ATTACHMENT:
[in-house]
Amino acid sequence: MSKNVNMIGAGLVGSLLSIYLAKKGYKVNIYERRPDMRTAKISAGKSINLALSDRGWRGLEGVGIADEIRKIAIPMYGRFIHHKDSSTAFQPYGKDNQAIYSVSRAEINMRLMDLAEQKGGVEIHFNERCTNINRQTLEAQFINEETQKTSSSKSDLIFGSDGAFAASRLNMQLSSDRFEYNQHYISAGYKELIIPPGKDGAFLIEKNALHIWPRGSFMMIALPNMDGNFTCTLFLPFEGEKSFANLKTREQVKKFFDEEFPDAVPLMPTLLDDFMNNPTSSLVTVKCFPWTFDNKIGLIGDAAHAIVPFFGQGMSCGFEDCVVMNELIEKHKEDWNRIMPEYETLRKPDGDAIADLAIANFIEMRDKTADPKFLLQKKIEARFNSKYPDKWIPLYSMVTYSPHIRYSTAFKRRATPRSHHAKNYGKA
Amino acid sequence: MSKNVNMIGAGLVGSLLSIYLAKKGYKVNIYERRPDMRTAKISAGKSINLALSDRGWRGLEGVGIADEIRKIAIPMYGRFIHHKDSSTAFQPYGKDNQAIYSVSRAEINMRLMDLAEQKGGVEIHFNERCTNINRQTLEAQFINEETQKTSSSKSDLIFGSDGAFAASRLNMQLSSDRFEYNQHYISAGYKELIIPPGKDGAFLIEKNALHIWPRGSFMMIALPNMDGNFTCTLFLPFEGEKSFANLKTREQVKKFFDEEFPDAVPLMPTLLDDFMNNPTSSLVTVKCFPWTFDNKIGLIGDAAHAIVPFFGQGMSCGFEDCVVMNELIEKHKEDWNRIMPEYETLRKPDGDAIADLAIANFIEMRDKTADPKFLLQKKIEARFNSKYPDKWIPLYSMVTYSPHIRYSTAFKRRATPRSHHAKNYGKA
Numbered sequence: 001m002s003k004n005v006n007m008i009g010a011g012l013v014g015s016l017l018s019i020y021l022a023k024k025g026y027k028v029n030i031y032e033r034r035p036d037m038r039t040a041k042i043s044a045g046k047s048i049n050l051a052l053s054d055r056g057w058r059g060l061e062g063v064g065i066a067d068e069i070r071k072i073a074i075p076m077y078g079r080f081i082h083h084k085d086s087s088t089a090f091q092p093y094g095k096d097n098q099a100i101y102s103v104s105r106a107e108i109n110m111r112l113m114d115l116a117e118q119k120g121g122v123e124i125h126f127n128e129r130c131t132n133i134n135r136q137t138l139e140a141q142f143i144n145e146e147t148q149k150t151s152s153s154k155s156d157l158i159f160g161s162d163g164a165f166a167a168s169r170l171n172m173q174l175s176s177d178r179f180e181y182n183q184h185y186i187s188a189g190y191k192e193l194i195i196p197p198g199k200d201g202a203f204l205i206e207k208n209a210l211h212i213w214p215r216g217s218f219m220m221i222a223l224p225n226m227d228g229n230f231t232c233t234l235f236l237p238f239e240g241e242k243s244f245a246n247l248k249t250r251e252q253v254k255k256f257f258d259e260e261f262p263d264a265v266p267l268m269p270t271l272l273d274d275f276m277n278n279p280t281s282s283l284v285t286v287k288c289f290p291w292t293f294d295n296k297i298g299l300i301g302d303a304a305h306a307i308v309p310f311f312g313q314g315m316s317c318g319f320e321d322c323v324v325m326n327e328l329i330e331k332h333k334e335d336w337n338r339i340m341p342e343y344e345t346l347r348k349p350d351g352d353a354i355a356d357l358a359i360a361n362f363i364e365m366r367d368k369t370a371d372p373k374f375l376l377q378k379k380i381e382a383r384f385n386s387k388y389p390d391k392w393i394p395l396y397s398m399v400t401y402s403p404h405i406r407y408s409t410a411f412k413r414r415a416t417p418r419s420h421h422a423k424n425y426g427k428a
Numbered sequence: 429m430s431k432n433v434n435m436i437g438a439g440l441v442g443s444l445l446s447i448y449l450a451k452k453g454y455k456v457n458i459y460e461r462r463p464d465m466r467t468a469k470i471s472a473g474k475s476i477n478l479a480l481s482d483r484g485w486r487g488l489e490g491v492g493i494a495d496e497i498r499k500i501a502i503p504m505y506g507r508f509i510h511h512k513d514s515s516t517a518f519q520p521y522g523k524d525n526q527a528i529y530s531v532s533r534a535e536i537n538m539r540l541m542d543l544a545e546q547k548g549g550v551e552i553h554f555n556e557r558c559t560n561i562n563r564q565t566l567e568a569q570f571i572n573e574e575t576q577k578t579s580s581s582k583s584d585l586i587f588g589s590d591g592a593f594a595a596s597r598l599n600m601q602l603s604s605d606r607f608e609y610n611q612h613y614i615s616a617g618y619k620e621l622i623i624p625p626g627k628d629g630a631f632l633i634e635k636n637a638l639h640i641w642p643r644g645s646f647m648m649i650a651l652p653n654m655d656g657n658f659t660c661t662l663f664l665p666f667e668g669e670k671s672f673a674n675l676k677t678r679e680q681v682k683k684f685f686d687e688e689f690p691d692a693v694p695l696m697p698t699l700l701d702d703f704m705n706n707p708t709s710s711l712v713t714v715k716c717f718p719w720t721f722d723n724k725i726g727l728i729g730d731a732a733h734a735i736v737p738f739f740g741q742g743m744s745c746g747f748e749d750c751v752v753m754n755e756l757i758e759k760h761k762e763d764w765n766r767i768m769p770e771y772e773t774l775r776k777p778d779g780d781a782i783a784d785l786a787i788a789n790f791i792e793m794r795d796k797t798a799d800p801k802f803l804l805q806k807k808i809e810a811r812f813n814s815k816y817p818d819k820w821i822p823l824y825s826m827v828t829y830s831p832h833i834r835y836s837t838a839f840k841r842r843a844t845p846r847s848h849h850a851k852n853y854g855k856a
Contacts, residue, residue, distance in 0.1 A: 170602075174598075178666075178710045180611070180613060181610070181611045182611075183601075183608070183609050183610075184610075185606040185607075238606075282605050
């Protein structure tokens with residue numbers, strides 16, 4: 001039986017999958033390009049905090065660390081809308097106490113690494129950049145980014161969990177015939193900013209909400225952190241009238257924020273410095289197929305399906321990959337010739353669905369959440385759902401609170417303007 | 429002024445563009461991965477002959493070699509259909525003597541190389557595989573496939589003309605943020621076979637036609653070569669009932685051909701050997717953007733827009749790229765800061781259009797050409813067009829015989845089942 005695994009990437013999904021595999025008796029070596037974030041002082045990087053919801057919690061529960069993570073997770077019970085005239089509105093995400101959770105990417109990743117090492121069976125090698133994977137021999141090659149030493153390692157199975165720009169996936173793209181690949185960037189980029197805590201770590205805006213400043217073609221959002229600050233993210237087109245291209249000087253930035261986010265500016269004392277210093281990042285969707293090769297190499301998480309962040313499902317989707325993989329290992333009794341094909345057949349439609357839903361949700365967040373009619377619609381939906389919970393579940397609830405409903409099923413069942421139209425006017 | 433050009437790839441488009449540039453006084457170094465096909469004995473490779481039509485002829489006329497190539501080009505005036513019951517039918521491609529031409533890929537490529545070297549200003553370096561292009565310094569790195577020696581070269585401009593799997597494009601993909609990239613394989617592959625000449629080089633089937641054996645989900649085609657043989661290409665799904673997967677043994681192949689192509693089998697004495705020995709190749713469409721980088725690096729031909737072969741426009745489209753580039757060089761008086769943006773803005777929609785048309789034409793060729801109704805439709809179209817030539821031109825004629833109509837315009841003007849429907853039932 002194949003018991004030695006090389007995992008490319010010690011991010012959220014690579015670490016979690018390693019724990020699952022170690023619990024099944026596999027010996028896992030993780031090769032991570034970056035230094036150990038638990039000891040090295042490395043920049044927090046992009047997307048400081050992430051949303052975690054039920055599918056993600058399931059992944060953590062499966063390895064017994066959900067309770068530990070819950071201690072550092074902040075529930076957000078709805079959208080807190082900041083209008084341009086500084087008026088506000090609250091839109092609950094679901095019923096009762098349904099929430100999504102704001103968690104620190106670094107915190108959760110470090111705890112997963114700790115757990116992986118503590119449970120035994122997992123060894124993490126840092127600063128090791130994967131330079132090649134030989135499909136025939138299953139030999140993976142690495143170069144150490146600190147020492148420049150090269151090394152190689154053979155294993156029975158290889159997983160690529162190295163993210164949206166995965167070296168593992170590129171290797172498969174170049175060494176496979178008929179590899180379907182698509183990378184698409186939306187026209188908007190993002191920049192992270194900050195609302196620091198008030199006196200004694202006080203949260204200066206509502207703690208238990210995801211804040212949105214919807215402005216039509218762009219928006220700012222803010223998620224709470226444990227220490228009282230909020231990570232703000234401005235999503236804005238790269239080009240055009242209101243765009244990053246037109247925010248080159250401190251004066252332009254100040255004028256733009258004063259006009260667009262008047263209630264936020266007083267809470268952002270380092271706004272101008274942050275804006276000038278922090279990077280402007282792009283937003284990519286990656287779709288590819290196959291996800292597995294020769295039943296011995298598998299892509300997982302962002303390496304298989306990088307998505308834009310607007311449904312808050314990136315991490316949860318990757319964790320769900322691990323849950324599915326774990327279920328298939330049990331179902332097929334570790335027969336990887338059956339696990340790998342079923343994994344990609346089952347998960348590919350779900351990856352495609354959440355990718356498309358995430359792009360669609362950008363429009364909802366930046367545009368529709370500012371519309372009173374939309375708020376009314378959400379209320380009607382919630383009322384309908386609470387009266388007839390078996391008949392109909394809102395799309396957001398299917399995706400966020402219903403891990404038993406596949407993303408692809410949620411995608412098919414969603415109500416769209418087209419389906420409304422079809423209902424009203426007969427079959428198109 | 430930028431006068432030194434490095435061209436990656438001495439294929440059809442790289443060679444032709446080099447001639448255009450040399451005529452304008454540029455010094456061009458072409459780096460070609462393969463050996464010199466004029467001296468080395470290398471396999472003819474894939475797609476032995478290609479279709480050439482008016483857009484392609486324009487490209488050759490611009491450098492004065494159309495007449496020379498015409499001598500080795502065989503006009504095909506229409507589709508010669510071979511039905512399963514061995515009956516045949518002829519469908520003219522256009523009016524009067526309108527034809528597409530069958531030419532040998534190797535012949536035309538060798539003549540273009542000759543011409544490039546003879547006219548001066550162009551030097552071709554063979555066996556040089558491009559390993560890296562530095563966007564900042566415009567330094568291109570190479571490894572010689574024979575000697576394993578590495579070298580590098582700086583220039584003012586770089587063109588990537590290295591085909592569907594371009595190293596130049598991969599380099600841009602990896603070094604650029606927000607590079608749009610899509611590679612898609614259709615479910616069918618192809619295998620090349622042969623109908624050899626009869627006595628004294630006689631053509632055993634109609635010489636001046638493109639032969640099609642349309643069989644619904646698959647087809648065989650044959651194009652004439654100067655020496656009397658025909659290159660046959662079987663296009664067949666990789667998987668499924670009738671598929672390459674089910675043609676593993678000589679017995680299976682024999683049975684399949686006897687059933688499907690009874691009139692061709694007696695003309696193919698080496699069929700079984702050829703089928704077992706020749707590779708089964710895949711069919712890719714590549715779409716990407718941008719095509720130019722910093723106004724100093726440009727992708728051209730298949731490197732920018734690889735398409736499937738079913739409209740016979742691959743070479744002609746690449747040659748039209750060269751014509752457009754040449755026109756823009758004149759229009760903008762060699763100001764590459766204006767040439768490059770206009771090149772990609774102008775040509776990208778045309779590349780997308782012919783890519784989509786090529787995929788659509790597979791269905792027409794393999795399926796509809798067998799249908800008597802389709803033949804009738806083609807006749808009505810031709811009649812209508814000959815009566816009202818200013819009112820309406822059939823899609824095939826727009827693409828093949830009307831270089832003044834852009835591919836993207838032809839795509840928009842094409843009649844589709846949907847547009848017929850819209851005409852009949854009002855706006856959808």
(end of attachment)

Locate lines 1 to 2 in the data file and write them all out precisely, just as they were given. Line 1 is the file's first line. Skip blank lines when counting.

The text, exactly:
[in-house]
Amino acid sequence: MSKNVNMIGAGLVGSLLSIYLAKKGYKVNIYERRPDMRTAKISAGKSINLALSDRGWRGLEGVGIADEIRKIAIPMYGRFIHHKDSSTAFQPYGKDNQAIYSVSRAEINMRLMDLAEQKGGVEIHFNERCTNINRQTLEAQFINEETQKTSSSKSDLIFGSDGAFAASRLNMQLSSDRFEYNQHYISAGYKELIIPPGKDGAFLIEKNALHIWPRGSFMMIALPNMDGNFTCTLFLPFEGEKSFANLKTREQVKKFFDEEFPDAVPLMPTLLDDFMNNPTSSLVTVKCFPWTFDNKIGLIGDAAHAIVPFFGQGMSCGFEDCVVMNELIEKHKEDWNRIMPEYETLRKPDGDAIADLAIANFIEMRDKTADPKFLLQKKIEARFNSKYPDKWIPLYSMVTYSPHIRYSTAFKRRATPRSHHAKNYGKA